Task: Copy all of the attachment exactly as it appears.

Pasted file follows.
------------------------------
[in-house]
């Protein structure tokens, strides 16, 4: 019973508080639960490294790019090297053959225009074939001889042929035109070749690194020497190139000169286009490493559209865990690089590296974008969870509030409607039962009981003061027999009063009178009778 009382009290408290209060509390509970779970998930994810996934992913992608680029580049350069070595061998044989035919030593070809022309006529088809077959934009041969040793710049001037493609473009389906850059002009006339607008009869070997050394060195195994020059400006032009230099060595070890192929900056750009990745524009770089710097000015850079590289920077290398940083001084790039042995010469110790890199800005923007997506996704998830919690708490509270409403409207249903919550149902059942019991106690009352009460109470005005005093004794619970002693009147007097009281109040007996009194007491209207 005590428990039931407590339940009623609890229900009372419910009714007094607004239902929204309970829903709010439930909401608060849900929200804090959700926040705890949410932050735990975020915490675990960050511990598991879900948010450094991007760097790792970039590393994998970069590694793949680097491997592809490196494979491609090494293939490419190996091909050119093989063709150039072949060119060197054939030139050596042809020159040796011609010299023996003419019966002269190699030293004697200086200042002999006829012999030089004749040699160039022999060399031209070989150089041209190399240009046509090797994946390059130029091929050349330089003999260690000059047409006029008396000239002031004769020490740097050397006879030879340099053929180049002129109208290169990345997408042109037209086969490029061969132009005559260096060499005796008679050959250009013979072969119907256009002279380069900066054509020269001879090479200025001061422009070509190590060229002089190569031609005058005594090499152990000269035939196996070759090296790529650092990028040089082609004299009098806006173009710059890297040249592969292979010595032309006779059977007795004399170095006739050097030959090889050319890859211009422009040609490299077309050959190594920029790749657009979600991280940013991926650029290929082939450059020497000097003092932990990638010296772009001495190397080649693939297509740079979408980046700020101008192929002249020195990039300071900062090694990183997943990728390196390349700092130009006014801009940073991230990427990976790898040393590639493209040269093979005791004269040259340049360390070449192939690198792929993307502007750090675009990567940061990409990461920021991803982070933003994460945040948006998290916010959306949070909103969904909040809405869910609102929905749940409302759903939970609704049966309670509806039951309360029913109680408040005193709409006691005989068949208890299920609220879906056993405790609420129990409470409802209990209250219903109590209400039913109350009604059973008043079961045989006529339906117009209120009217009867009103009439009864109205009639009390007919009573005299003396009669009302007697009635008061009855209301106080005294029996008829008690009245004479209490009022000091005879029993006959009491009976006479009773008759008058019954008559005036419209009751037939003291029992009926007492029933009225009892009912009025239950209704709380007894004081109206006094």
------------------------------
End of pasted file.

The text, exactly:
[in-house]
């Protein structure tokens, strides 16, 4: 019973508080639960490294790019090297053959225009074939001889042929035109070749690194020497190139000169286009490493559209865990690089590296974008969870509030409607039962009981003061027999009063009178009778 009382009290408290209060509390509970779970998930994810996934992913992608680029580049350069070595061998044989035919030593070809022309006529088809077959934009041969040793710049001037493609473009389906850059002009006339607008009869070997050394060195195994020059400006032009230099060595070890192929900056750009990745524009770089710097000015850079590289920077290398940083001084790039042995010469110790890199800005923007997506996704998830919690708490509270409403409207249903919550149902059942019991106690009352009460109470005005005093004794619970002693009147007097009281109040007996009194007491209207 005590428990039931407590339940009623609890229900009372419910009714007094607004239902929204309970829903709010439930909401608060849900929200804090959700926040705890949410932050735990975020915490675990960050511990598991879900948010450094991007760097790792970039590393994998970069590694793949680097491997592809490196494979491609090494293939490419190996091909050119093989063709150039072949060119060197054939030139050596042809020159040796011609010299023996003419019966002269190699030293004697200086200042002999006829012999030089004749040699160039022999060399031209070989150089041209190399240009046509090797994946390059130029091929050349330089003999260690000059047409006029008396000239002031004769020490740097050397006879030879340099053929180049002129109208290169990345997408042109037209086969490029061969132009005559260096060499005796008679050959250009013979072969119907256009002279380069900066054509020269001879090479200025001061422009070509190590060229002089190569031609005058005594090499152990000269035939196996070759090296790529650092990028040089082609004299009098806006173009710059890297040249592969292979010595032309006779059977007795004399170095006739050097030959090889050319890859211009422009040609490299077309050959190594920029790749657009979600991280940013991926650029290929082939450059020497000097003092932990990638010296772009001495190397080649693939297509740079979408980046700020101008192929002249020195990039300071900062090694990183997943990728390196390349700092130009006014801009940073991230990427990976790898040393590639493209040269093979005791004269040259340049360390070449192939690198792929993307502007750090675009990567940061990409990461920021991803982070933003994460945040948006998290916010959306949070909103969904909040809405869910609102929905749940409302759903939970609704049966309670509806039951309360029913109680408040005193709409006691005989068949208890299920609220879906056993405790609420129990409470409802209990209250219903109590209400039913109350009604059973008043079961045989006529339906117009209120009217009867009103009439009864109205009639009390007919009573005299003396009669009302007697009635008061009855209301106080005294029996008829008690009245004479209490009022000091005879029993006959009491009976006479009773008759008058019954008559005036419209009751037939003291029992009926007492029933009225009892009912009025239950209704709380007894004081109206006094």